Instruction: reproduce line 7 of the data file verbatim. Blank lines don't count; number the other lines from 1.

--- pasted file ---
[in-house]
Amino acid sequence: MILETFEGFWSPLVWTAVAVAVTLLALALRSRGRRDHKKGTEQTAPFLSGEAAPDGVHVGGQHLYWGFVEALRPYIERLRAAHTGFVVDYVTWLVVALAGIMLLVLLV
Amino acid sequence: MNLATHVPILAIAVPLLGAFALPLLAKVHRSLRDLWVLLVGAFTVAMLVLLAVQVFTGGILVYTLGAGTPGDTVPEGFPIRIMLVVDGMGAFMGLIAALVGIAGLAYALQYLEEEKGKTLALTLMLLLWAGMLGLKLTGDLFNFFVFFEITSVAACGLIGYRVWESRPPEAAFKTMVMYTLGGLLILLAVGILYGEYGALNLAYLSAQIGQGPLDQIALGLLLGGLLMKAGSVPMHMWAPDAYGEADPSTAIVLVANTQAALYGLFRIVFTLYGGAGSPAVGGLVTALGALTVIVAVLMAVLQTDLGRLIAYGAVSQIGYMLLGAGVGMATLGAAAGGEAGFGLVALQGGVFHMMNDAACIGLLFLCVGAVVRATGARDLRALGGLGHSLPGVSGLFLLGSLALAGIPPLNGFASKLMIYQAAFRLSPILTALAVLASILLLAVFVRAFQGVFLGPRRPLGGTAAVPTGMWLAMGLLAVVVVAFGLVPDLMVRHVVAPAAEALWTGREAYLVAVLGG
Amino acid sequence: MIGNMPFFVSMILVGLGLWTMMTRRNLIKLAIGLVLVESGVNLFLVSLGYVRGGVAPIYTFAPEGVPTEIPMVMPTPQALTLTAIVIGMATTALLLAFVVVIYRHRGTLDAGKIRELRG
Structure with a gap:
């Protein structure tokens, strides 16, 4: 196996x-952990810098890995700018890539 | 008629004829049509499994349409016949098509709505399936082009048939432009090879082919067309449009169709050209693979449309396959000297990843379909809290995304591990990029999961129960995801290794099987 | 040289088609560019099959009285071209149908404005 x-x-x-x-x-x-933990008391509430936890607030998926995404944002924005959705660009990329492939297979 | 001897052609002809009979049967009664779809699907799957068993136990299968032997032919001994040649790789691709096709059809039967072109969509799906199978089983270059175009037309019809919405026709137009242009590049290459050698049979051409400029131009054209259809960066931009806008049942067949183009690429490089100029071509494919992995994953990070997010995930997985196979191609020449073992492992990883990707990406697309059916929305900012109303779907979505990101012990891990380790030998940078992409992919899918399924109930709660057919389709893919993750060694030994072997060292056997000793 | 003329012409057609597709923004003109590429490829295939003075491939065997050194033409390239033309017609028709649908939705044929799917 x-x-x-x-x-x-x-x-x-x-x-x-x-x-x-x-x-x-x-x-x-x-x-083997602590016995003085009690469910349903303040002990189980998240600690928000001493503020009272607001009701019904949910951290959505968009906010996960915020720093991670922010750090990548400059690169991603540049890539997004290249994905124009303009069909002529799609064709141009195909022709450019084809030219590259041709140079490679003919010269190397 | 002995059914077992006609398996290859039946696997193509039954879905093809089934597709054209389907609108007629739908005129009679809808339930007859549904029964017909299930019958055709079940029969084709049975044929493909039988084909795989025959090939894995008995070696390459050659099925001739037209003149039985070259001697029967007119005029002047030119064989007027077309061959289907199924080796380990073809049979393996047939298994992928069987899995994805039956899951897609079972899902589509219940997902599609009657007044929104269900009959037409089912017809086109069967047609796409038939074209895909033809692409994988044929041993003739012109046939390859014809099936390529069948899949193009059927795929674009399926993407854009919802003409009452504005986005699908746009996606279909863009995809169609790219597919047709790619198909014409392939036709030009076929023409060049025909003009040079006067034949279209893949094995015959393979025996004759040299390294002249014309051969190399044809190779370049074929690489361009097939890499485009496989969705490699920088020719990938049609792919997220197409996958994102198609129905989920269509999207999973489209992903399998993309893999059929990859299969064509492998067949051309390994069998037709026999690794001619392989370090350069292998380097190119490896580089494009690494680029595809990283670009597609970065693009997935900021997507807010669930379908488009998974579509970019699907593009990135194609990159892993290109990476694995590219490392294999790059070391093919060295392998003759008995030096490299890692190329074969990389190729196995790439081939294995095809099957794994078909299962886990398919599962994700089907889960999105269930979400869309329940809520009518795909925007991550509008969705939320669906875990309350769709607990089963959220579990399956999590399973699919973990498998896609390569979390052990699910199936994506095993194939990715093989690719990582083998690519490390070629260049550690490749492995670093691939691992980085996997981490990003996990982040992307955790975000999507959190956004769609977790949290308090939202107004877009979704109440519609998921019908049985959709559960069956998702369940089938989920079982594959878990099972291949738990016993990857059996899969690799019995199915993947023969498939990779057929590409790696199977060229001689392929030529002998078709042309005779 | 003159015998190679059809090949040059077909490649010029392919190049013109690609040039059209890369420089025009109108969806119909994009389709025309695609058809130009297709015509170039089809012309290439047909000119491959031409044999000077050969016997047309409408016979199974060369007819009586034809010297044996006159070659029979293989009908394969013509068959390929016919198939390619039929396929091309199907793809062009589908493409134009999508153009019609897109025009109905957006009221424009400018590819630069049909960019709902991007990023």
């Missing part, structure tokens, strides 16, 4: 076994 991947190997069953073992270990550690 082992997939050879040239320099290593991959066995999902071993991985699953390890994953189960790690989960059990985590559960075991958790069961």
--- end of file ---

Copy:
């Missing part, structure tokens, strides 16, 4: 076994 991947190997069953073992270990550690 082992997939050879040239320099290593991959066995999902071993991985699953390890994953189960790690989960059990985590559960075991958790069961």